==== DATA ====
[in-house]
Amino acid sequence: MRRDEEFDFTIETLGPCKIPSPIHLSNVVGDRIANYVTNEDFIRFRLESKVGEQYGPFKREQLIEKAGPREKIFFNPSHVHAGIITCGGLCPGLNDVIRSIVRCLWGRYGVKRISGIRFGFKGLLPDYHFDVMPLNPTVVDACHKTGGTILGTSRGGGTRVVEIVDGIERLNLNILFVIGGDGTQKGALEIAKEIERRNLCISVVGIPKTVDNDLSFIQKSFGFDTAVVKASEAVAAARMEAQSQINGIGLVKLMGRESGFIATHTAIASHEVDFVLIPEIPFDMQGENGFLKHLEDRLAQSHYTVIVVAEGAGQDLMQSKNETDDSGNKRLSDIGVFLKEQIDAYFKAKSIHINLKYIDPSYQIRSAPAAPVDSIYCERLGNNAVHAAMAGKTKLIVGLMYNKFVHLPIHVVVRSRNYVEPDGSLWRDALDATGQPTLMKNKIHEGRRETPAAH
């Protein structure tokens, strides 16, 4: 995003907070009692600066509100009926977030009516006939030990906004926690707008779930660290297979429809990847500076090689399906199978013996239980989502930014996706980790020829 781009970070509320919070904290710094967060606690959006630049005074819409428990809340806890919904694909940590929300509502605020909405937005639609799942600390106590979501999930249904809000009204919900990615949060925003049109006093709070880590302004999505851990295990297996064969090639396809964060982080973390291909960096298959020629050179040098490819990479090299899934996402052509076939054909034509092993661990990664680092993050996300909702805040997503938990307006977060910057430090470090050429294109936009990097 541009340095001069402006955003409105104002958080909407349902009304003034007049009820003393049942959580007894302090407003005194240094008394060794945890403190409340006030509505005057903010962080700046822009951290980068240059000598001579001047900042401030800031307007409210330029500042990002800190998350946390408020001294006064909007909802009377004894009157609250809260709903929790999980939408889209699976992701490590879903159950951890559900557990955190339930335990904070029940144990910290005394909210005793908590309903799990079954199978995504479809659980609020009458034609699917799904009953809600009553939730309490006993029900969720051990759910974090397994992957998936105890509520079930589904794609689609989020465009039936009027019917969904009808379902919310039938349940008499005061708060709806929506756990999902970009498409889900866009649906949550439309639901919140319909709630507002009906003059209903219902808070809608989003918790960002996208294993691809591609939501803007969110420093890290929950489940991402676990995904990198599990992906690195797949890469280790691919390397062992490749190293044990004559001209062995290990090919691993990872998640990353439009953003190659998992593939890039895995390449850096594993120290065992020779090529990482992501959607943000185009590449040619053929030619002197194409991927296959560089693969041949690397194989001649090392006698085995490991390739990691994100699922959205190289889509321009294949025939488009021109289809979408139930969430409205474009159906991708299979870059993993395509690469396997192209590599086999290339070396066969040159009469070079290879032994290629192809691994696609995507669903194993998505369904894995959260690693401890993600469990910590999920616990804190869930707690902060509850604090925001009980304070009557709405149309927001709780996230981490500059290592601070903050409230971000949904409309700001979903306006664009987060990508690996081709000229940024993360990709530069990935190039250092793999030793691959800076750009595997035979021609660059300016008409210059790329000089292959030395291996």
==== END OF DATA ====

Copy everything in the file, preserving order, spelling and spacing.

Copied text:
[in-house]
Amino acid sequence: MRRDEEFDFTIETLGPCKIPSPIHLSNVVGDRIANYVTNEDFIRFRLESKVGEQYGPFKREQLIEKAGPREKIFFNPSHVHAGIITCGGLCPGLNDVIRSIVRCLWGRYGVKRISGIRFGFKGLLPDYHFDVMPLNPTVVDACHKTGGTILGTSRGGGTRVVEIVDGIERLNLNILFVIGGDGTQKGALEIAKEIERRNLCISVVGIPKTVDNDLSFIQKSFGFDTAVVKASEAVAAARMEAQSQINGIGLVKLMGRESGFIATHTAIASHEVDFVLIPEIPFDMQGENGFLKHLEDRLAQSHYTVIVVAEGAGQDLMQSKNETDDSGNKRLSDIGVFLKEQIDAYFKAKSIHINLKYIDPSYQIRSAPAAPVDSIYCERLGNNAVHAAMAGKTKLIVGLMYNKFVHLPIHVVVRSRNYVEPDGSLWRDALDATGQPTLMKNKIHEGRRETPAAH
């Protein structure tokens, strides 16, 4: 995003907070009692600066509100009926977030009516006939030990906004926690707008779930660290297979429809990847500076090689399906199978013996239980989502930014996706980790020829 781009970070509320919070904290710094967060606690959006630049005074819409428990809340806890919904694909940590929300509502605020909405937005639609799942600390106590979501999930249904809000009204919900990615949060925003049109006093709070880590302004999505851990295990297996064969090639396809964060982080973390291909960096298959020629050179040098490819990479090299899934996402052509076939054909034509092993661990990664680092993050996300909702805040997503938990307006977060910057430090470090050429294109936009990097 541009340095001069402006955003409105104002958080909407349902009304003034007049009820003393049942959580007894302090407003005194240094008394060794945890403190409340006030509505005057903010962080700046822009951290980068240059000598001579001047900042401030800031307007409210330029500042990002800190998350946390408020001294006064909007909802009377004894009157609250809260709903929790999980939408889209699976992701490590879903159950951890559900557990955190339930335990904070029940144990910290005394909210005793908590309903799990079954199978995504479809659980609020009458034609699917799904009953809600009553939730309490006993029900969720051990759910974090397994992957998936105890509520079930589904794609689609989020465009039936009027019917969904009808379902919310039938349940008499005061708060709806929506756990999902970009498409889900866009649906949550439309639901919140319909709630507002009906003059209903219902808070809608989003918790960002996208294993691809591609939501803007969110420093890290929950489940991402676990995904990198599990992906690195797949890469280790691919390397062992490749190293044990004559001209062995290990090919691993990872998640990353439009953003190659998992593939890039895995390449850096594993120290065992020779090529990482992501959607943000185009590449040619053929030619002197194409991927296959560089693969041949690397194989001649090392006698085995490991390739990691994100699922959205190289889509321009294949025939488009021109289809979408139930969430409205474009159906991708299979870059993993395509690469396997192209590599086999290339070396066969040159009469070079290879032994290629192809691994696609995507669903194993998505369904894995959260690693401890993600469990910590999920616990804190869930707690902060509850604090925001009980304070009557709405149309927001709780996230981490500059290592601070903050409230971000949904409309700001979903306006664009987060990508690996081709000229940024993360990709530069990935190039250092793999030793691959800076750009595997035979021609660059300016008409210059790329000089292959030395291996």